Honor 20 Pro Review

August 15, 2019 | Amy Davies |

Honor 20 Pro Image Quality

All of the sample images in this review were taken using the 12 megapixel JPEG setting, which gives an average image size of around 5Mb.

We’ve come to expect very good things from both Honor and Huawei phones, and happily the Honor 20 Pro is another excellent performer.

Colours are bright and punchy straight out of the camera, while the overall impression of detail is also very good when the phone is left in the standard 12 megapixel output. If you crave finer detail, switching to the 48 megapixel Ultra Clarity mode is very impressive - but unless you want to be able to zoom in at 100% and see very fine detail, you’re unlikely to see too much of a difference.

Being able to take manual control over image quality is fantastic, but leaving the Honor 20 Pro in fully automatic results in good quality images anyway. Exposures are on the whole very well balanced, while the camera also copes well to produce accurate colours under a variety of different lighting conditions.

Artificial intelligence, for the most part, does a decent job in selecting the best shooting settings for every scenario - we’d recommend leaving it on almost all of the time, perhaps flicking it off if things are going a little too “over the top” for your liking.

In low light, the Night mode really comes into its own, offering a major advantage over many other types of phones. You can grab very impressive shots, completely handheld, which stand up well to social media sharing and printing at small sizes.

The macro mode is a little disappointing - it being there means that Honor can promote the Honor 20 Pro as a “quad camera” device, but we’d probably prefer to see a depth-sensing camera here, like we see on the Huawei P30 Pro. The results from the macro camera are not particularly impressive as they are small in size and don’t stand up well to close scrutiny - you’d probably be better to leave it in the standard mode for the most part, either cropping yourself into an image from the main camera, or shooting with the 3x zoom camera instead.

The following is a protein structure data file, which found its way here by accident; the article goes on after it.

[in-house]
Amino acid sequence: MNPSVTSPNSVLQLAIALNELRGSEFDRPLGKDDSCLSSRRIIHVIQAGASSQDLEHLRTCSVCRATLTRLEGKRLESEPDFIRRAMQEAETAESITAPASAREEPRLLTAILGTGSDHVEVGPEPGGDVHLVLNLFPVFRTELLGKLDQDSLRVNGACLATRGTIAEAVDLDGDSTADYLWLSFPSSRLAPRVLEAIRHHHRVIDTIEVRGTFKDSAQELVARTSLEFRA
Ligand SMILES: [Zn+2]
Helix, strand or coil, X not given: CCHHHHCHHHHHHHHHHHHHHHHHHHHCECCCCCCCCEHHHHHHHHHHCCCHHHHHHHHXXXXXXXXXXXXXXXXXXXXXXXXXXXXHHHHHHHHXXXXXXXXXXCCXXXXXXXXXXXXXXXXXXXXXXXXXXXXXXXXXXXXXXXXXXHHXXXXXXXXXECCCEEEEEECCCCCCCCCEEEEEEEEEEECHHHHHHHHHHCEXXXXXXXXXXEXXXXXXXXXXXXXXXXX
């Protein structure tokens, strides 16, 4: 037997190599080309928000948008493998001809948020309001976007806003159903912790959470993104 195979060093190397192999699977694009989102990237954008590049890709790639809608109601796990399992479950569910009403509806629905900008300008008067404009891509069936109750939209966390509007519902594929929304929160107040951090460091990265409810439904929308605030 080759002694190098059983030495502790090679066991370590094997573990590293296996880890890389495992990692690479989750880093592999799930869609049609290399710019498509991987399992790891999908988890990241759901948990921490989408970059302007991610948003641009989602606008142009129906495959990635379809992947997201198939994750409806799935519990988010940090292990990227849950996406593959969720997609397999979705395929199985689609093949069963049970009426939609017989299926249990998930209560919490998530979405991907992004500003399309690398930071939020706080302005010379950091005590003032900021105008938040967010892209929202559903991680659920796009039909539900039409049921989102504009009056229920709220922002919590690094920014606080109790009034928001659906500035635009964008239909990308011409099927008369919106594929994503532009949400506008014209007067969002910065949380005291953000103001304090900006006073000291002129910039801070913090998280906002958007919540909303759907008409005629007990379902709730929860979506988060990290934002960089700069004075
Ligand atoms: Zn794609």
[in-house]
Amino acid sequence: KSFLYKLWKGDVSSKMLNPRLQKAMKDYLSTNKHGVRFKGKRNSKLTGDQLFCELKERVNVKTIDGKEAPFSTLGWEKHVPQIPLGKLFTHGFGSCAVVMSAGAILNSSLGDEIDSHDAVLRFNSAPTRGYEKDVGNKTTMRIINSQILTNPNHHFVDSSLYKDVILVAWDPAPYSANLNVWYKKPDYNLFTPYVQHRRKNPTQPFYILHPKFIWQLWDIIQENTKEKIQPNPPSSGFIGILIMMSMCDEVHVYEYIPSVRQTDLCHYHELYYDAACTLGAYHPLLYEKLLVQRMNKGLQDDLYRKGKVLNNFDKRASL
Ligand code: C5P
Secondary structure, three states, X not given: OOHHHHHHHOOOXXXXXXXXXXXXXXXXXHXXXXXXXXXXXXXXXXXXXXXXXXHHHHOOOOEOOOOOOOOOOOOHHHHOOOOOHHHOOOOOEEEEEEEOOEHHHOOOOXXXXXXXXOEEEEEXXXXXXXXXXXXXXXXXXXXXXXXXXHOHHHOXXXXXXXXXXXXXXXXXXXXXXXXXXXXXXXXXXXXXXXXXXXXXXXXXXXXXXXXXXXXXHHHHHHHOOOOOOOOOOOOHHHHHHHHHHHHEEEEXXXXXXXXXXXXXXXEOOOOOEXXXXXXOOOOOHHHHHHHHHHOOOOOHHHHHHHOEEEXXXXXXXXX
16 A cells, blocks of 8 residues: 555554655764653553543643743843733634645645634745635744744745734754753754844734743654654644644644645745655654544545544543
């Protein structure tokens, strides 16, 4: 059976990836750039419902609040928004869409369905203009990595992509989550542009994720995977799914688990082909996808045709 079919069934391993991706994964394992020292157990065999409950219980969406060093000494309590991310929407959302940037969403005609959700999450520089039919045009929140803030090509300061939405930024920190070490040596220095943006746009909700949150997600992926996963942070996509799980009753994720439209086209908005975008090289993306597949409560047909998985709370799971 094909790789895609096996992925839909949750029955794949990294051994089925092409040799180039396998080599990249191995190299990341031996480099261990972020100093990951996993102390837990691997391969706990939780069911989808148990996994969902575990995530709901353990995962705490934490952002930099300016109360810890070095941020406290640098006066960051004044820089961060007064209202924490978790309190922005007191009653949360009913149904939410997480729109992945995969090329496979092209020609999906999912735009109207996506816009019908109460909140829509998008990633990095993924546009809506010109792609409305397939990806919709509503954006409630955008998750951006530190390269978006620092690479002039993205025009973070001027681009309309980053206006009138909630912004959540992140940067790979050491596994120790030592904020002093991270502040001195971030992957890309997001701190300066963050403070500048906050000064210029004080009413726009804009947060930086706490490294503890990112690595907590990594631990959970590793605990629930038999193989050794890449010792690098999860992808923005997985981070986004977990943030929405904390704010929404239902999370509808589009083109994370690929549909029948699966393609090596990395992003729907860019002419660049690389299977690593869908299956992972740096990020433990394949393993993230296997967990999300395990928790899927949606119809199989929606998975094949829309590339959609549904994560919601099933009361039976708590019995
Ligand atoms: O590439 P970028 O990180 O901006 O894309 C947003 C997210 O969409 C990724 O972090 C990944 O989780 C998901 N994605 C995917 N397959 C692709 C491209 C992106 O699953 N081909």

Having a 3x optical telephoto lens is handy when you need to get closer to the subject, while optical image stabilisation really helps to keep things nice and smooth. That’s also true for shooting video. The super wide-angle lens also produces nicely crisp and well-saturated images, and is very useful for architecture and landscape type shots.

Noise

JPEG

RAW

ISO 50 (100% Crop)

ISO 50 (100% Crop)

iso50.jpg iso50raw.jpg

ISO 100 (100% Crop)

ISO 100 (100% Crop)

iso100.jpg iso100raw.jpg

ISO 200 (100% Crop)

ISO 200 (100% Crop)

iso200.jpg iso200raw.jpg

ISO 400 (100% Crop)

ISO 400 (100% Crop)

iso400.jpg iso400raw.jpg

ISO 800 (100% Crop)

ISO 800 (100% Crop)

iso800.jpg iso800raw.jpg

ISO 1600 (100% Crop)

ISO 1600 (100% Crop)

iso1600.jpg iso1600raw.jpg

ISO 3200 (100% Crop)

ISO 3200 (100% Crop)

iso3200.jpg iso3200raw.jpg

ISO 6400 (100% Crop)

ISO 6400 (100% Crop)

iso6400.jpg iso6400raw.jpg

Focal Range

Super-wide-angle

wideangle.jpg

1x Optical Zoom

standard-lens.jpg

3x Optical Zoom

3x-zoom.jpg

5x Hybrid Zoom

5x-hybridzoom.jpg

Flash

Rear Camera - Flash Off

Rear Camera - Flash On

Selfie - Flash Off

Selfie - Flash On

Front Facing Camera - Flash On

Macro

supermacromode.jpg

Night

Night Mode
night-mode.jpg
Long Exposure Mode
longexposure.jpg

Ultra Clarity Mode

48mpultra-clarity1.jpg
48mp-ultraclarity2.jpg
48mp-ultraclarity3.jpg